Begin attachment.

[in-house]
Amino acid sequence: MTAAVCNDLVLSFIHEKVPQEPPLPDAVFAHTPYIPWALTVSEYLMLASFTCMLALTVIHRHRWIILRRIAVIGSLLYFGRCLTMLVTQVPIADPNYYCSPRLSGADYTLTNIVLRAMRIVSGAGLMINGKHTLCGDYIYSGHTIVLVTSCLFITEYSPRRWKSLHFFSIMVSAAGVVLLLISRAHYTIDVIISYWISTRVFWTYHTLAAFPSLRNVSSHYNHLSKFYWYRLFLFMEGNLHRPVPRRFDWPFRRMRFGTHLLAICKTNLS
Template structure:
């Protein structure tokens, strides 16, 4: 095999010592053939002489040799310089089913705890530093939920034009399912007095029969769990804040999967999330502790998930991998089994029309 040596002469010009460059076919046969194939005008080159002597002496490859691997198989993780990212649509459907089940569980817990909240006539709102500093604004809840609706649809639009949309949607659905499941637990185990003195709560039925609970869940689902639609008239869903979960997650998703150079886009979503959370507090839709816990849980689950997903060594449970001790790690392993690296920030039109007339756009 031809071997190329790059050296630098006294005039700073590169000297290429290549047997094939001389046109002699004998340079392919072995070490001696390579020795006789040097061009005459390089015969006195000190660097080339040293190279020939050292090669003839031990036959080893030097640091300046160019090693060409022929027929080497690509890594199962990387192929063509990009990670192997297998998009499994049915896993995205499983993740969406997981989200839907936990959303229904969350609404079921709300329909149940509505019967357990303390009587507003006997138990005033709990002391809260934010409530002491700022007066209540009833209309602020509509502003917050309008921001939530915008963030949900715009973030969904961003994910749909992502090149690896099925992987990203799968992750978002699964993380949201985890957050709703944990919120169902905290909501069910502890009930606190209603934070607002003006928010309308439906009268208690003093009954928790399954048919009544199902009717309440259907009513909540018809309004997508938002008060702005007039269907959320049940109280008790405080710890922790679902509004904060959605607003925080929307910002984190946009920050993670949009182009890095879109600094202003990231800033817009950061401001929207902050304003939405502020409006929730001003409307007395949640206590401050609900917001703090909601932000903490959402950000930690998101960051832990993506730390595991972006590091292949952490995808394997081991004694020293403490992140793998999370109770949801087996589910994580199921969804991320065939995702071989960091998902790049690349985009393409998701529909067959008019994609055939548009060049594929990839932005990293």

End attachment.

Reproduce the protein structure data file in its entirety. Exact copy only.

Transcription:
[in-house]
Amino acid sequence: MTAAVCNDLVLSFIHEKVPQEPPLPDAVFAHTPYIPWALTVSEYLMLASFTCMLALTVIHRHRWIILRRIAVIGSLLYFGRCLTMLVTQVPIADPNYYCSPRLSGADYTLTNIVLRAMRIVSGAGLMINGKHTLCGDYIYSGHTIVLVTSCLFITEYSPRRWKSLHFFSIMVSAAGVVLLLISRAHYTIDVIISYWISTRVFWTYHTLAAFPSLRNVSSHYNHLSKFYWYRLFLFMEGNLHRPVPRRFDWPFRRMRFGTHLLAICKTNLS
Template structure:
């Protein structure tokens, strides 16, 4: 095999010592053939002489040799310089089913705890530093939920034009399912007095029969769990804040999967999330502790998930991998089994029309 040596002469010009460059076919046969194939005008080159002597002496490859691997198989993780990212649509459907089940569980817990909240006539709102500093604004809840609706649809639009949309949607659905499941637990185990003195709560039925609970869940689902639609008239869903979960997650998703150079886009979503959370507090839709816990849980689950997903060594449970001790790690392993690296920030039109007339756009 031809071997190329790059050296630098006294005039700073590169000297290429290549047997094939001389046109002699004998340079392919072995070490001696390579020795006789040097061009005459390089015969006195000190660097080339040293190279020939050292090669003839031990036959080893030097640091300046160019090693060409022929027929080497690509890594199962990387192929063509990009990670192997297998998009499994049915896993995205499983993740969406997981989200839907936990959303229904969350609404079921709300329909149940509505019967357990303390009587507003006997138990005033709990002391809260934010409530002491700022007066209540009833209309602020509509502003917050309008921001939530915008963030949900715009973030969904961003994910749909992502090149690896099925992987990203799968992750978002699964993380949201985890957050709703944990919120169902905290909501069910502890009930606190209603934070607002003006928010309308439906009268208690003093009954928790399954048919009544199902009717309440259907009513909540018809309004997508938002008060702005007039269907959320049940109280008790405080710890922790679902509004904060959605607003925080929307910002984190946009920050993670949009182009890095879109600094202003990231800033817009950061401001929207902050304003939405502020409006929730001003409307007395949640206590401050609900917001703090909601932000903490959402950000930690998101960051832990993506730390595991972006590091292949952490995808394997081991004694020293403490992140793998999370109770949801087996589910994580199921969804991320065939995702071989960091998902790049690349985009393409998701529909067959008019994609055939548009060049594929990839932005990293």